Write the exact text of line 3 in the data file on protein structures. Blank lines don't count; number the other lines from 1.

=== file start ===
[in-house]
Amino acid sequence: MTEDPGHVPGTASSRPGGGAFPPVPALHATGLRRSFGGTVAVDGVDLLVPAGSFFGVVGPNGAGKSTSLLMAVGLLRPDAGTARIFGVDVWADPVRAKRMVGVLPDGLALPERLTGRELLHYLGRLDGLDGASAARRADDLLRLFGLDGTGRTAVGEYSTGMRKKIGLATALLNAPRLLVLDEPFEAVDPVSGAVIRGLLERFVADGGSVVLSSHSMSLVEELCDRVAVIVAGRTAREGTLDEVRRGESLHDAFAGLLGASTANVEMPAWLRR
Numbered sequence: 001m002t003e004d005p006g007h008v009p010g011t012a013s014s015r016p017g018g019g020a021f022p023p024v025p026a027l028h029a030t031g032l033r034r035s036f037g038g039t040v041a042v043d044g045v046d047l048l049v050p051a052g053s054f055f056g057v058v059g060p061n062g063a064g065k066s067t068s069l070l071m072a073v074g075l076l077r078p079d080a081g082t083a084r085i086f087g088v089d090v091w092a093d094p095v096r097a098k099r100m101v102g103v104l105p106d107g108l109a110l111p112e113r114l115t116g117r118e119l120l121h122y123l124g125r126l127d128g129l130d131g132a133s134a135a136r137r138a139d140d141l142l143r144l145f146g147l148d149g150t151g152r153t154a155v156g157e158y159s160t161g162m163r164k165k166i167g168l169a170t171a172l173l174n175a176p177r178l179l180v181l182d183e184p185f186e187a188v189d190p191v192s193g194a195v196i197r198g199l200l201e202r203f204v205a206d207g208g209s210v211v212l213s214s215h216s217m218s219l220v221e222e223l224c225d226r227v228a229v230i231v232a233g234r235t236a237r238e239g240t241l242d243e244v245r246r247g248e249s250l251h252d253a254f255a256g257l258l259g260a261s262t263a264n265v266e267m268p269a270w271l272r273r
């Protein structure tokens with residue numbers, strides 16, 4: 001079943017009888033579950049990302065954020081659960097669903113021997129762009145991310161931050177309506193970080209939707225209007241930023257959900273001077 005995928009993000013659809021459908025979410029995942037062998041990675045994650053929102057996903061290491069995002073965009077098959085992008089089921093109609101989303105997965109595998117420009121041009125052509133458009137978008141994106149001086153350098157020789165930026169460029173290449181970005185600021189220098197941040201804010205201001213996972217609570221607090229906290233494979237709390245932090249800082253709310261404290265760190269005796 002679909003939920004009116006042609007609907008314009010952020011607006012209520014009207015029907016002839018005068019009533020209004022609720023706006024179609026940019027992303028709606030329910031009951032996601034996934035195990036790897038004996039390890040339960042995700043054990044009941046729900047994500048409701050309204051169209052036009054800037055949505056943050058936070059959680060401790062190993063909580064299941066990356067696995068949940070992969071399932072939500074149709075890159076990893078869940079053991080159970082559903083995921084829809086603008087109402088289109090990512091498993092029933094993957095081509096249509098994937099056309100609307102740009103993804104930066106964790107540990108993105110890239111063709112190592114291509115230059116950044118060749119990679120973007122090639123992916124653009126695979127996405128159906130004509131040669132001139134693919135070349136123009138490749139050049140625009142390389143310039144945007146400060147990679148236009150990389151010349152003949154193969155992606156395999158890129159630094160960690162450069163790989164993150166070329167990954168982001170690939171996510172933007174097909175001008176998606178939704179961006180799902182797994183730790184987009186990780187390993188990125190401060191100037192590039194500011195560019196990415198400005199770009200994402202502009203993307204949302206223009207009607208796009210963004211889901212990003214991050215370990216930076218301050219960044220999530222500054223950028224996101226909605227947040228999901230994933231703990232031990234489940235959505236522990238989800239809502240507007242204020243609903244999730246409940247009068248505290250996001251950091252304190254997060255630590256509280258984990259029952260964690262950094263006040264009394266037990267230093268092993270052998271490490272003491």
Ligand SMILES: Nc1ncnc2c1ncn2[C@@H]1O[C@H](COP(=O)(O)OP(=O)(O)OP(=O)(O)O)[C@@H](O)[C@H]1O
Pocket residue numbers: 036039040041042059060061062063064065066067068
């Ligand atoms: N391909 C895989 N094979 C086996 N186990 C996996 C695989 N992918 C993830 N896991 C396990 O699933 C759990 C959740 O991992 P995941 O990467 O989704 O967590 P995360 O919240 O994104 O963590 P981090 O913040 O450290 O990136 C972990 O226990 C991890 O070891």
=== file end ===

Numbered sequence: 001m002t003e004d005p006g007h008v009p010g011t012a013s014s015r016p017g018g019g020a021f022p023p024v025p026a027l028h029a030t031g032l033r034r035s036f037g038g039t040v041a042v043d044g045v046d047l048l049v050p051a052g053s054f055f056g057v058v059g060p061n062g063a064g065k066s067t068s069l070l071m072a073v074g075l076l077r078p079d080a081g082t083a084r085i086f087g088v089d090v091w092a093d094p095v096r097a098k099r100m101v102g103v104l105p106d107g108l109a110l111p112e113r114l115t116g117r118e119l120l121h122y123l124g125r126l127d128g129l130d131g132a133s134a135a136r137r138a139d140d141l142l143r144l145f146g147l148d149g150t151g152r153t154a155v156g157e158y159s160t161g162m163r164k165k166i167g168l169a170t171a172l173l174n175a176p177r178l179l180v181l182d183e184p185f186e187a188v189d190p191v192s193g194a195v196i197r198g199l200l201e202r203f204v205a206d207g208g209s210v211v212l213s214s215h216s217m218s219l220v221e222e223l224c225d226r227v228a229v230i231v232a233g234r235t236a237r238e239g240t241l242d243e244v245r246r247g248e249s250l251h252d253a254f255a256g257l258l259g260a261s262t263a264n265v266e267m268p269a270w271l272r273r